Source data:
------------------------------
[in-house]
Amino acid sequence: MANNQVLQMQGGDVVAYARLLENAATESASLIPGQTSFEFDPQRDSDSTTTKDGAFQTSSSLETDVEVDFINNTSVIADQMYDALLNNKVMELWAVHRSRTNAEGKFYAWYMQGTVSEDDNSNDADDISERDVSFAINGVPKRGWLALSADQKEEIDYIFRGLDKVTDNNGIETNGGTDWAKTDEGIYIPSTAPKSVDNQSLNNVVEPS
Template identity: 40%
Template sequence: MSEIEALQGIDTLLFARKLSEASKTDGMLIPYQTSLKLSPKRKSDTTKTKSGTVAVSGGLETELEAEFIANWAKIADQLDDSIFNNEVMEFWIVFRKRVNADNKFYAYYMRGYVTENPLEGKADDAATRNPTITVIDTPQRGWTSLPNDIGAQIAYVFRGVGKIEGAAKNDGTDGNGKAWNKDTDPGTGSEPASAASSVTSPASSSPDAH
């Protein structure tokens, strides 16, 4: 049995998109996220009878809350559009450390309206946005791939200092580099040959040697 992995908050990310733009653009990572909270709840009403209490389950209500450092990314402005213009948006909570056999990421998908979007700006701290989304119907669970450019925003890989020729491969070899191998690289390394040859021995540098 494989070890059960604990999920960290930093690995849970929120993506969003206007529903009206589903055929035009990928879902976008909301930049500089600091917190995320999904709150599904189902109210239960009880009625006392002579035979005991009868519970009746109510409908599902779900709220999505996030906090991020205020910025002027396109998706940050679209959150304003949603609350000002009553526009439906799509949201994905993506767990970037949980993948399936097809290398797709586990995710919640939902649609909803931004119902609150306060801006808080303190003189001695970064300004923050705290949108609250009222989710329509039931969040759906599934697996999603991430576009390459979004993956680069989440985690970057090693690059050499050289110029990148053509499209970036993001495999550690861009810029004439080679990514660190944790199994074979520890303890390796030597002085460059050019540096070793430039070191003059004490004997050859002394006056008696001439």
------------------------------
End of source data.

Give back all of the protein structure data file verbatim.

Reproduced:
[in-house]
Amino acid sequence: MANNQVLQMQGGDVVAYARLLENAATESASLIPGQTSFEFDPQRDSDSTTTKDGAFQTSSSLETDVEVDFINNTSVIADQMYDALLNNKVMELWAVHRSRTNAEGKFYAWYMQGTVSEDDNSNDADDISERDVSFAINGVPKRGWLALSADQKEEIDYIFRGLDKVTDNNGIETNGGTDWAKTDEGIYIPSTAPKSVDNQSLNNVVEPS
Template identity: 40%
Template sequence: MSEIEALQGIDTLLFARKLSEASKTDGMLIPYQTSLKLSPKRKSDTTKTKSGTVAVSGGLETELEAEFIANWAKIADQLDDSIFNNEVMEFWIVFRKRVNADNKFYAYYMRGYVTENPLEGKADDAATRNPTITVIDTPQRGWTSLPNDIGAQIAYVFRGVGKIEGAAKNDGTDGNGKAWNKDTDPGTGSEPASAASSVTSPASSSPDAH
């Protein structure tokens, strides 16, 4: 049995998109996220009878809350559009450390309206946005791939200092580099040959040697 992995908050990310733009653009990572909270709840009403209490389950209500450092990314402005213009948006909570056999990421998908979007700006701290989304119907669970450019925003890989020729491969070899191998690289390394040859021995540098 494989070890059960604990999920960290930093690995849970929120993506969003206007529903009206589903055929035009990928879902976008909301930049500089600091917190995320999904709150599904189902109210239960009880009625006392002579035979005991009868519970009746109510409908599902779900709220999505996030906090991020205020910025002027396109998706940050679209959150304003949603609350000002009553526009439906799509949201994905993506767990970037949980993948399936097809290398797709586990995710919640939902649609909803931004119902609150306060801006808080303190003189001695970064300004923050705290949108609250009222989710329509039931969040759906599934697996999603991430576009390459979004993956680069989440985690970057090693690059050499050289110029990148053509499209970036993001495999550690861009810029004439080679990514660190944790199994074979520890303890390796030597002085460059050019540096070793430039070191003059004490004997050859002394006056008696001439």